Sunday, November 2, 2008

Pittsburgh Symphony - October 26

Pittsburgh Symphony - October 26
Conductor - Marek Janowski
Max Bruch - Scottish Fantasy for Violin and Orchestra, Op. 46 (with Arabella Steinbacher)
Hector Berlioz - Le Roi Lear (King Lear), Op. 4
Richard Strauss - Macbeth, Op. 23

First of all, let me say that Mark Rohr is my new favorite program-notes-writer. This week included such gems as:
"In his own time he was considered to have a similar stature to Brahms; today, not so much."
"Berlioz was, of course, a nut"
"... and often critics and audiences treat [Strauss' Macbeth] as a batty uncle kept in the attic."

I'm not being sarcastic, I really do enjoy them. His notes make me smile, because often they say what real (non-critic, non-writer) people would think, the way that they would be thinking it, if they were thinking like critics or writers, which they are not doing, because they are not.


I'll give you a minute to sort through that last sentence. Enjoy.


Back to the program. Janowski didn't really leave much of an impression on me, which was surprising considering how much I had noticed the previous two conductors through their respective concerts. I have no theories on why this is, I'm just sayin'. (< channeling my inner Mark Rohr? Maybe not . . . )

The program notes made a big deal out of how much Bruch was respected equally to Brahms in their time, and how it is a shame that this equally great composer has been so forgotten, etc etc. Sorry guys, but I disagree. It was a good piece, I enjoyed it, it was fun . . . but it was no Brahms. Let's just all get on board with that and move on.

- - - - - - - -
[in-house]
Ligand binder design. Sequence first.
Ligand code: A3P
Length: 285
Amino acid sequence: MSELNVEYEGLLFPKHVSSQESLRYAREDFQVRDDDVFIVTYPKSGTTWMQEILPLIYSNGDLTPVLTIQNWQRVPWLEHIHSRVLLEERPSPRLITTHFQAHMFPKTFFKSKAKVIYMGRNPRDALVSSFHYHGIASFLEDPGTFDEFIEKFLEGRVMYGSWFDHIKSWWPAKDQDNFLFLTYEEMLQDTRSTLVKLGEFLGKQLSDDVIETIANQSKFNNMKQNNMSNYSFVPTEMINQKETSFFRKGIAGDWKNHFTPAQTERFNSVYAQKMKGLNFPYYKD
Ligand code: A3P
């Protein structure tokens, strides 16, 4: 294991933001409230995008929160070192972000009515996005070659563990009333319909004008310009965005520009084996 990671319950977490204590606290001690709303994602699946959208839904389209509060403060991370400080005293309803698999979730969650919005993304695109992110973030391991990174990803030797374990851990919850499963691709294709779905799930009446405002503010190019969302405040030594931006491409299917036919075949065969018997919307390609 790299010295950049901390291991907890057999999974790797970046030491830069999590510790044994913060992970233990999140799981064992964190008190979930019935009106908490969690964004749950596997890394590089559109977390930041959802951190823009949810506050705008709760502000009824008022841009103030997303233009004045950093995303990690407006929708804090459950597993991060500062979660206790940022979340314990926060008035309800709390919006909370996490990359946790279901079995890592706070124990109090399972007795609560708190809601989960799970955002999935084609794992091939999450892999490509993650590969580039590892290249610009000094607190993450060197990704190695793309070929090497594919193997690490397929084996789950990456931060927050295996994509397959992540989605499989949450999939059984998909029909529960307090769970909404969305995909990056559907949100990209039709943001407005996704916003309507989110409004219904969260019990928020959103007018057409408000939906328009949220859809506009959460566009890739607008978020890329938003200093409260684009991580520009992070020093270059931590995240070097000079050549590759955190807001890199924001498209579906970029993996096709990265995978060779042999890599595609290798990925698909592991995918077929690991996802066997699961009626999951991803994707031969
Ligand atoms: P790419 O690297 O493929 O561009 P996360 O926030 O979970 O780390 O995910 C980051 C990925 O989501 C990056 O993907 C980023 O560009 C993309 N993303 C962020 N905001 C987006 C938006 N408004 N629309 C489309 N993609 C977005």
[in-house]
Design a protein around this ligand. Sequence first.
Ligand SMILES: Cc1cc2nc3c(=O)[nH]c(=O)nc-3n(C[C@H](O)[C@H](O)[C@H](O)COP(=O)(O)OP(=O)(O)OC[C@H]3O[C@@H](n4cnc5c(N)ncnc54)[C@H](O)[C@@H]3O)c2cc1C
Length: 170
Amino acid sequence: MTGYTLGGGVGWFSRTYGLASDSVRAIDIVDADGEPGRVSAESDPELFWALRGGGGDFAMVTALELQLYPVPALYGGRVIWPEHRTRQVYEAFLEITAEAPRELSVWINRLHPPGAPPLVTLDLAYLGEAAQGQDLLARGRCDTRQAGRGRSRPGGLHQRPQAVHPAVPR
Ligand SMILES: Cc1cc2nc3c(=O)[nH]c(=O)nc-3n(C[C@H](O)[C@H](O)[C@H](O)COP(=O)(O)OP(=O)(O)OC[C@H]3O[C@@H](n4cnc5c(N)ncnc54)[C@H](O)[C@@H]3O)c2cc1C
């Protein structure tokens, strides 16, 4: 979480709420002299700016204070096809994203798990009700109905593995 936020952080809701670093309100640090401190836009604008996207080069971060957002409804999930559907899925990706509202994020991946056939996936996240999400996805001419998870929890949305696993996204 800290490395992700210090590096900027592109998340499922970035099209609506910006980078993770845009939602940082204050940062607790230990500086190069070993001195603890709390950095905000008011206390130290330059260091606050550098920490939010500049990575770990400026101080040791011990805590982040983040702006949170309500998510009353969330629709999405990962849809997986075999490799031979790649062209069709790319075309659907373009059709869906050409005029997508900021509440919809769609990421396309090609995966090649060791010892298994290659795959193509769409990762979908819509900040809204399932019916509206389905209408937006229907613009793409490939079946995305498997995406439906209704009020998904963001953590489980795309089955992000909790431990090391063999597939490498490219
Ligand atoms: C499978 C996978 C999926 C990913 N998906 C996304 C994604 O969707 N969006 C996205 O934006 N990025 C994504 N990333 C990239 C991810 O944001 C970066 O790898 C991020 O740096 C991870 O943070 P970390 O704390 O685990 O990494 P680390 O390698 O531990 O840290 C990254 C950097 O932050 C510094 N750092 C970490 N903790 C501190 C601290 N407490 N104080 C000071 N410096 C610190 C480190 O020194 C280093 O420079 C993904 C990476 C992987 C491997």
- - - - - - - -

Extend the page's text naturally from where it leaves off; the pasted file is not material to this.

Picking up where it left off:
Ms. Steinbacher was interesting to watch. She seemed to move her right shoulder much more than most violinists I've seen. But while her playing certainly looked very athletic, it didn't sound that way . . . neat trick. Her sound was lovely and everything went well (and, because I'm girly, she was wearing a knockout red strappless dress that she only pulled off by virtue of being a twig, and I mean that in the flattering, jealous way). There were a few little tears between the soloist and orchestra, but not enough to cause any serious distraction.

For an encore, she played something more modern that I didn't recognize, but in my opinion she shined more brightly during the encore than during the concerto. She seemed more at home in the style, freer, as though THIS was from the heart, while the concerto was from a publicity photo. Not that her playing in the Bruch was bad by any stretch, but it wasn't nearly as *alive* as it was in the encore. I really wish I knew what the piece was.

I don't remember too many details from this one. I enjoyed it, and I remember thinking that it would make a good college orchestra piece. Not too long, nothing too complicated ensemble-wise, but still fun to listen to.

This was the highlight of the concert for me. WHY have I not heard this before?? If you don't know it, go listen - you have been missing out. It was seriously exciting with all the extremes that you expect from Strauss . . . it had all of the personality of his other literarily-inspired works (and yes, literarily IS actually a word), but because it alludes to rather than outlines the plot, it has somewhat more musical freedom. I wish I could remember more details about this performance, but suffice to say that I wandered out with a huge grin that lasted the rest of the afternoon. I must get a good recording of this piece, asap.

Pittsburgh Symphony - October 19, 2008

Pittsburgh Symphony Orchestra - Oct. 19, 2008
Conductor - Leonard Slatkin
with Hila Plitmann, Soprano and Kevin Deas, Bass,